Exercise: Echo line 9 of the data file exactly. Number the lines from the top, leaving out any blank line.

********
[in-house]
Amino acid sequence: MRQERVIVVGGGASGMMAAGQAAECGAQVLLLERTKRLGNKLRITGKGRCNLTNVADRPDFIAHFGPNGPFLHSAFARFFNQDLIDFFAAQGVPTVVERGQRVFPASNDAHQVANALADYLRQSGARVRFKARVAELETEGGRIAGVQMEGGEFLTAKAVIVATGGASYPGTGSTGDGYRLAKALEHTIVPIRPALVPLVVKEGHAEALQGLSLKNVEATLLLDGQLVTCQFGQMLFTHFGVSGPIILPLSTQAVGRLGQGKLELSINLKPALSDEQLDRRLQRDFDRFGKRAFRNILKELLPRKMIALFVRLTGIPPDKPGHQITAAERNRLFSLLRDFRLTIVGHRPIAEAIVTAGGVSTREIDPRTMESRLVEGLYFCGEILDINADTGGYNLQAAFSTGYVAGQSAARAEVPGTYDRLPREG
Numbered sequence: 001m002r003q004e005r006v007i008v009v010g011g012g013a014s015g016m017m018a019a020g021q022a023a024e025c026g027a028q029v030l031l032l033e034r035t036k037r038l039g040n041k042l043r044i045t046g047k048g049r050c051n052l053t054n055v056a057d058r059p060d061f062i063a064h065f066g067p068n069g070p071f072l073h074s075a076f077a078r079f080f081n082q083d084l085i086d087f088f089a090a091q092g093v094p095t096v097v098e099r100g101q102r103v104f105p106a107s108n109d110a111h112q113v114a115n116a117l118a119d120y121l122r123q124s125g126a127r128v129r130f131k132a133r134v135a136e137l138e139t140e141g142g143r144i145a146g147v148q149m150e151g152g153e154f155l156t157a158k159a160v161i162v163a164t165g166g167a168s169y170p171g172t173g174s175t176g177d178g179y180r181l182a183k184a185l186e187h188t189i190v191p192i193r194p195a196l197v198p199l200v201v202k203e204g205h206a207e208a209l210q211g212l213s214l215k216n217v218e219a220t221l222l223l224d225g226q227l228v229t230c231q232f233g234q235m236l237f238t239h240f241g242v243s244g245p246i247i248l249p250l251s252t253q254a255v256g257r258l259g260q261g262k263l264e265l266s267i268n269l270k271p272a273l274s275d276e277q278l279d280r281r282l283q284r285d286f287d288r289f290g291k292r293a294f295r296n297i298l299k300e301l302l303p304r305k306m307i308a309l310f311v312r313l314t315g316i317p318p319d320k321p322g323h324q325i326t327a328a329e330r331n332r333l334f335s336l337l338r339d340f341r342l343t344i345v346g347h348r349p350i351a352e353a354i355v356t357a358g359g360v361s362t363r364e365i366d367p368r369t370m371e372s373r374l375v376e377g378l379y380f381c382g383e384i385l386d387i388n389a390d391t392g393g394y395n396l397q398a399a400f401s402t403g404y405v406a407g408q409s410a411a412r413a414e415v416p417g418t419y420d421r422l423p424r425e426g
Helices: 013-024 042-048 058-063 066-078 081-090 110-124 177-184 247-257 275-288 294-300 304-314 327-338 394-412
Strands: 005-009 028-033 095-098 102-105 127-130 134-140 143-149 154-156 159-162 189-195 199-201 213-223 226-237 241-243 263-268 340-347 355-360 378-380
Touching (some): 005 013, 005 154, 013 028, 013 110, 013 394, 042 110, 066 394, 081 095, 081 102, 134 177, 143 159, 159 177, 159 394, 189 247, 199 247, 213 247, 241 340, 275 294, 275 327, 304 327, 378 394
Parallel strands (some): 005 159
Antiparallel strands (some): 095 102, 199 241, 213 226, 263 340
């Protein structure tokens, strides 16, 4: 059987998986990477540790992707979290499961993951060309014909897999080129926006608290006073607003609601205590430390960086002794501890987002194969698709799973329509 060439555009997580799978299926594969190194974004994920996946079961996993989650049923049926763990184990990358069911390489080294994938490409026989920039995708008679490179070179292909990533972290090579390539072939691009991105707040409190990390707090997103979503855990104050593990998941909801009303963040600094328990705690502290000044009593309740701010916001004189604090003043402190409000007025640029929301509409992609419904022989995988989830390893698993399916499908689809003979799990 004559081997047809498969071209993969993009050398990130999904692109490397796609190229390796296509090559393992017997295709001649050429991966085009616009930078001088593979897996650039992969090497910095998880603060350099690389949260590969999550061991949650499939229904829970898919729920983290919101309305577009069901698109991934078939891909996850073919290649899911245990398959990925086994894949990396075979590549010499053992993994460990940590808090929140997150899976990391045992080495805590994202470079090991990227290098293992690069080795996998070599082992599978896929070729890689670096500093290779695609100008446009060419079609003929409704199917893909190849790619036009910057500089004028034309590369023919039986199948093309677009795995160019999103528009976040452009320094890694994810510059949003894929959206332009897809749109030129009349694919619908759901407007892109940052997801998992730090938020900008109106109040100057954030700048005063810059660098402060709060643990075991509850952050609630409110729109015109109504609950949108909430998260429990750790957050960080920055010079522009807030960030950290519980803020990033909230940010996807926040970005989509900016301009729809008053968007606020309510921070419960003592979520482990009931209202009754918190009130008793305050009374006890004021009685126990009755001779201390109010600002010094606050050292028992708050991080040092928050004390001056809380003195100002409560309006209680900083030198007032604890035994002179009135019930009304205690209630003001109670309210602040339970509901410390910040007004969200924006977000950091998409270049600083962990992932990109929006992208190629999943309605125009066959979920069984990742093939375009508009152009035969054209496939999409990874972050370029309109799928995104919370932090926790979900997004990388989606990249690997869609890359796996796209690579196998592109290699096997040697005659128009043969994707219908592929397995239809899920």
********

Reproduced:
């Protein structure tokens, strides 16, 4: 059987998986990477540790992707979290499961993951060309014909897999080129926006608290006073607003609601205590430390960086002794501890987002194969698709799973329509 060439555009997580799978299926594969190194974004994920996946079961996993989650049923049926763990184990990358069911390489080294994938490409026989920039995708008679490179070179292909990533972290090579390539072939691009991105707040409190990390707090997103979503855990104050593990998941909801009303963040600094328990705690502290000044009593309740701010916001004189604090003043402190409000007025640029929301509409992609419904022989995988989830390893698993399916499908689809003979799990 004559081997047809498969071209993969993009050398990130999904692109490397796609190229390796296509090559393992017997295709001649050429991966085009616009930078001088593979897996650039992969090497910095998880603060350099690389949260590969999550061991949650499939229904829970898919729920983290919101309305577009069901698109991934078939891909996850073919290649899911245990398959990925086994894949990396075979590549010499053992993994460990940590808090929140997150899976990391045992080495805590994202470079090991990227290098293992690069080795996998070599082992599978896929070729890689670096500093290779695609100008446009060419079609003929409704199917893909190849790619036009910057500089004028034309590369023919039986199948093309677009795995160019999103528009976040452009320094890694994810510059949003894929959206332009897809749109030129009349694919619908759901407007892109940052997801998992730090938020900008109106109040100057954030700048005063810059660098402060709060643990075991509850952050609630409110729109015109109504609950949108909430998260429990750790957050960080920055010079522009807030960030950290519980803020990033909230940010996807926040970005989509900016301009729809008053968007606020309510921070419960003592979520482990009931209202009754918190009130008793305050009374006890004021009685126990009755001779201390109010600002010094606050050292028992708050991080040092928050004390001056809380003195100002409560309006209680900083030198007032604890035994002179009135019930009304205690209630003001109670309210602040339970509901410390910040007004969200924006977000950091998409270049600083962990992932990109929006992208190629999943309605125009066959979920069984990742093939375009508009152009035969054209496939999409990874972050370029309109799928995104919370932090926790979900997004990388989606990249690997869609890359796996796209690579196998592109290699096997040697005659128009043969994707219908592929397995239809899920």